Like whatever it happens to be. No, just give people the extra day off because it’s going to allow you to create more loyalty and engagement versus giving them something and taking it away. Like that’s just, people don’t appreciate that. They don’t appreciate it. But if you say, Hey, we’re gonna add this extra holiday, people are like, oh my gosh.
That’s fantastic. Thank you. It’s ok to do that.
Chip Griffin: Yeah, and, and I mean, to me this is, this is sort of the, the equivalent of when employees are clock watchers and they sit there at their desk and they look up at the clock to see when it becomes five o’clock. And I, I had one of those employees in one of my businesses at one point, and she literally would sit there and stare at the clock on the wall for the final five minutes of the day until it hit, hit five o’clock so that she could walk out the door.
So she would have her coat ready and she’d be ready to, to power down her computer right there at, at five o’clock on the dot. Drove me nuts. But that’s the same thing that you’re doing as an agency owner if you are worrying obsessively about these kinds of things. And, and look, I mean, I, I get it. I get the concern and, you know, you do need to be thoughtful about it.
And, and you do need to understand how it impacts your work schedules. And so if you’re going to give another holiday, You don’t need to take an another one away, but you do need to figure out if there are clients, for example, that don’t observe that, how does that, how are you going to, to handle that? Are you gonna communicate with them that it’s straight up your closed and you can’t help them?
Or are you gonna have someone on call? Same thing you would do with Summer Fridays. In fact, I had this conversation with an agency owner just in the last couple of days who were thinking about doing Summer Fridays, and we talked about the pros and cons of doing it and, and also how you can manage that with clients who may be working on Fridays. And so their expectations may be different. And so you need to understand how to handle that. These are, you just need to work through them. You don’t need to sit there and be like, oh no, we gave you that extra holiday here, so we’re gonna, we’re gonna take something away from you somewhere else.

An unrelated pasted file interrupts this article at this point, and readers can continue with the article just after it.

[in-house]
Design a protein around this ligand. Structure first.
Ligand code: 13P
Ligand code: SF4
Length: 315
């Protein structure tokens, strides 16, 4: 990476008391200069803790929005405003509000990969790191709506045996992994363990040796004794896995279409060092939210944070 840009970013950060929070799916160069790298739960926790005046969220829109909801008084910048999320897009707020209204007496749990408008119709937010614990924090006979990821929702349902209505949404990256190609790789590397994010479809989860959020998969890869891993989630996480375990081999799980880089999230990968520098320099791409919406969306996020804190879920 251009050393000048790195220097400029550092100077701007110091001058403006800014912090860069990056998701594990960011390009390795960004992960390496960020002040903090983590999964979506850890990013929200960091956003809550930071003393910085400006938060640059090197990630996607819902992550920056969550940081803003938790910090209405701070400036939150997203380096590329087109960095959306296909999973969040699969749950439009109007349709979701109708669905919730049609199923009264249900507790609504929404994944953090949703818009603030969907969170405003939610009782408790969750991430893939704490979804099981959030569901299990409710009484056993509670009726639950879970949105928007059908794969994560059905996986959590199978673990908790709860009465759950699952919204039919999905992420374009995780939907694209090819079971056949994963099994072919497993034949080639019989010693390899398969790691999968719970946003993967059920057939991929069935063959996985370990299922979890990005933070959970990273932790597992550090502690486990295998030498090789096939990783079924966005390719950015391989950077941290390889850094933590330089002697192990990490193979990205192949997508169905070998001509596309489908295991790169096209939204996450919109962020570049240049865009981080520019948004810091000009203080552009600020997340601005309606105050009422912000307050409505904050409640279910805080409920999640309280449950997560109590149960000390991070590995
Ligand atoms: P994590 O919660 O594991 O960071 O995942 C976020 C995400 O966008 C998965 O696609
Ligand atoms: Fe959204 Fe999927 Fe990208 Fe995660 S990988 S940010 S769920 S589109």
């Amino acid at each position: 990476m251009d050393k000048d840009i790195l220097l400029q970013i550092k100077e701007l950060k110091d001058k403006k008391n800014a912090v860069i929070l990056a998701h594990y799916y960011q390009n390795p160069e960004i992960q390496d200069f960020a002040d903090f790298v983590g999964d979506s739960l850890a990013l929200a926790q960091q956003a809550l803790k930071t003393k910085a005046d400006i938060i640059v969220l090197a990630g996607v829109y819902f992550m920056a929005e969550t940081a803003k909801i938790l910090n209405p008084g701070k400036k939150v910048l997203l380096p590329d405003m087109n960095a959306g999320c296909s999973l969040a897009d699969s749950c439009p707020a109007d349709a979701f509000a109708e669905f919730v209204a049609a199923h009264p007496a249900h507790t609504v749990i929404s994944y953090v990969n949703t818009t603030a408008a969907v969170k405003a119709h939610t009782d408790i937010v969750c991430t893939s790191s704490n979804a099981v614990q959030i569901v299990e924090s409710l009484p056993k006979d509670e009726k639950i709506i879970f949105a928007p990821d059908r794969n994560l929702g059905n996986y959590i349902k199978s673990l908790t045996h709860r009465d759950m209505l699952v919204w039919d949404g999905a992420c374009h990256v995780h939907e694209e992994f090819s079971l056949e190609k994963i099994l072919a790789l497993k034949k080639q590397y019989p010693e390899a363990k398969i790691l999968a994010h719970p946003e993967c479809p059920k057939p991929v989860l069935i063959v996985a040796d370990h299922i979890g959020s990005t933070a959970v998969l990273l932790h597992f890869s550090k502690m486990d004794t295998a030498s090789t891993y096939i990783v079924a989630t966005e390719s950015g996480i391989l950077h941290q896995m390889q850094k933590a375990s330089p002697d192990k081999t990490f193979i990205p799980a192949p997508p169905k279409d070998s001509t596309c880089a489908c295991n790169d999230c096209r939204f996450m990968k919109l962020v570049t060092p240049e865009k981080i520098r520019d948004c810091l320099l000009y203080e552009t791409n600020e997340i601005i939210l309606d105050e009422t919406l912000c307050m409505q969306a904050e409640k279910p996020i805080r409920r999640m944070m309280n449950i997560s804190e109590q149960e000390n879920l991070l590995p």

It’s childish behavior.
Gini Dietrich: Let’s be real. Clients. They’re people too, and they like to have summer afternoons off as well. Summer Friday afternoons off as well. So I promise you. No one’s going to miss you. Now if something happens and there’s a crisis or there’s a big event coming up or something like that, then for sure you have to to be on call or be available.
But like every one of our clients has Summer Fridays, every single one of ’em, so it’s not a big deal to give to your team as well.
Chip Griffin: Right, and, and you, you really need to understand how some of these decisions do impact employee morale, because you may be able to get them to have their butt in their seat for a few extra hours a week or for that extra day out of the year that for the holiday that you don’t give.
But if you have less productivity because their morale is lower, it doesn’t make any sense. Right. And I’ll admit, I, I mean, earlier on in my ownership career, I, I tended to be more of the, well, you know, if we’re gonna give this, then, you know, that means something else. And, and I, I softened up on that and I, I remember my dad owned a law firm when I was younger, and, and he used to give employees the choice each year between either the day after Thanksgiving or the day after Christmas.
When I owned my own business. I thought that was dumb. Like that just doesn’t make any sense. But, but it, but in his case, it, it did because the courts, I believe were open the day after Thanksgiving.
Gini Dietrich: Oh, interesting. All right.
Chip Griffin: And so, so, you know, most of the, the law firms, at least in the area, observed the court schedule.
Yeah, sure. So, so I, I mean, there was at least a rationale for it as I recall it. As good as my memory may be from 40 years ago. But nevertheless, you know, these are the kinds of things where you, you need to be careful not to, to go down that path. You know, I, I remember one time telling an employee who asked if they would get Columbus Day off.
I said, well, I’ll give Columbus day off when we get to take St. Patrick’s day off as well. You know, being, being the good Irish American that I am. I mean, obviously a, a dumb answer. And, and in retrospect, we should have just well, frankly, given both off, or really you need the day after St. Patrick’s Day off, I think more than St. Patrick’s Day.
Gini Dietrich: Correct. And I also think you need the day after the Super Bowl off as well.